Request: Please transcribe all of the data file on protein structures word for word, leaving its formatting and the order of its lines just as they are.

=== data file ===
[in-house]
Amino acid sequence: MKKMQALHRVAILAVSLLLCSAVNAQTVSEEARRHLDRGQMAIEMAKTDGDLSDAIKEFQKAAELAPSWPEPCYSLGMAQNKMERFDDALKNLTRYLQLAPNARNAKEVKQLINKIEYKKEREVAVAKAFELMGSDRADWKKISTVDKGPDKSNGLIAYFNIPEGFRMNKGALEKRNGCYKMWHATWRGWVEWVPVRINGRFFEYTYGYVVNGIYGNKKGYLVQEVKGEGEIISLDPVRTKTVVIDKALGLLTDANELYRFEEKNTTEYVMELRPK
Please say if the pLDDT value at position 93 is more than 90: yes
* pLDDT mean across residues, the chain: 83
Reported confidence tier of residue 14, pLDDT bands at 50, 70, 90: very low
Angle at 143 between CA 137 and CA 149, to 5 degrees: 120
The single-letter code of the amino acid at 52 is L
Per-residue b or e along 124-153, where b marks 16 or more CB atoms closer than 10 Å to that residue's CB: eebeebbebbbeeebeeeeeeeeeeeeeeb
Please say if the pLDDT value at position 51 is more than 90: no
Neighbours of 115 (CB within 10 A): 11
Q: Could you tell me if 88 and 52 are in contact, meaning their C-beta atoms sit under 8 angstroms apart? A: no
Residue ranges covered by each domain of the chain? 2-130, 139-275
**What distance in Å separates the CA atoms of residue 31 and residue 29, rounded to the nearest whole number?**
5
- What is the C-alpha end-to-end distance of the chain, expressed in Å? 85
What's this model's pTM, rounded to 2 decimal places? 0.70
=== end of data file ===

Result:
[in-house]
Amino acid sequence: MKKMQALHRVAILAVSLLLCSAVNAQTVSEEARRHLDRGQMAIEMAKTDGDLSDAIKEFQKAAELAPSWPEPCYSLGMAQNKMERFDDALKNLTRYLQLAPNARNAKEVKQLINKIEYKKEREVAVAKAFELMGSDRADWKKISTVDKGPDKSNGLIAYFNIPEGFRMNKGALEKRNGCYKMWHATWRGWVEWVPVRINGRFFEYTYGYVVNGIYGNKKGYLVQEVKGEGEIISLDPVRTKTVVIDKALGLLTDANELYRFEEKNTTEYVMELRPK
Please say if the pLDDT value at position 93 is more than 90: yes
* pLDDT mean across residues, the chain: 83
Reported confidence tier of residue 14, pLDDT bands at 50, 70, 90: very low
Angle at 143 between CA 137 and CA 149, to 5 degrees: 120
The single-letter code of the amino acid at 52 is L
Per-residue b or e along 124-153, where b marks 16 or more CB atoms closer than 10 Å to that residue's CB: eebeebbebbbeeebeeeeeeeeeeeeeeb
Please say if the pLDDT value at position 51 is more than 90: no
Neighbours of 115 (CB within 10 A): 11
Q: Could you tell me if 88 and 52 are in contact, meaning their C-beta atoms sit under 8 angstroms apart? A: no
Residue ranges covered by each domain of the chain? 2-130, 139-275
**What distance in Å separates the CA atoms of residue 31 and residue 29, rounded to the nearest whole number?**
5
- What is the C-alpha end-to-end distance of the chain, expressed in Å? 85
What's this model's pTM, rounded to 2 decimal places? 0.70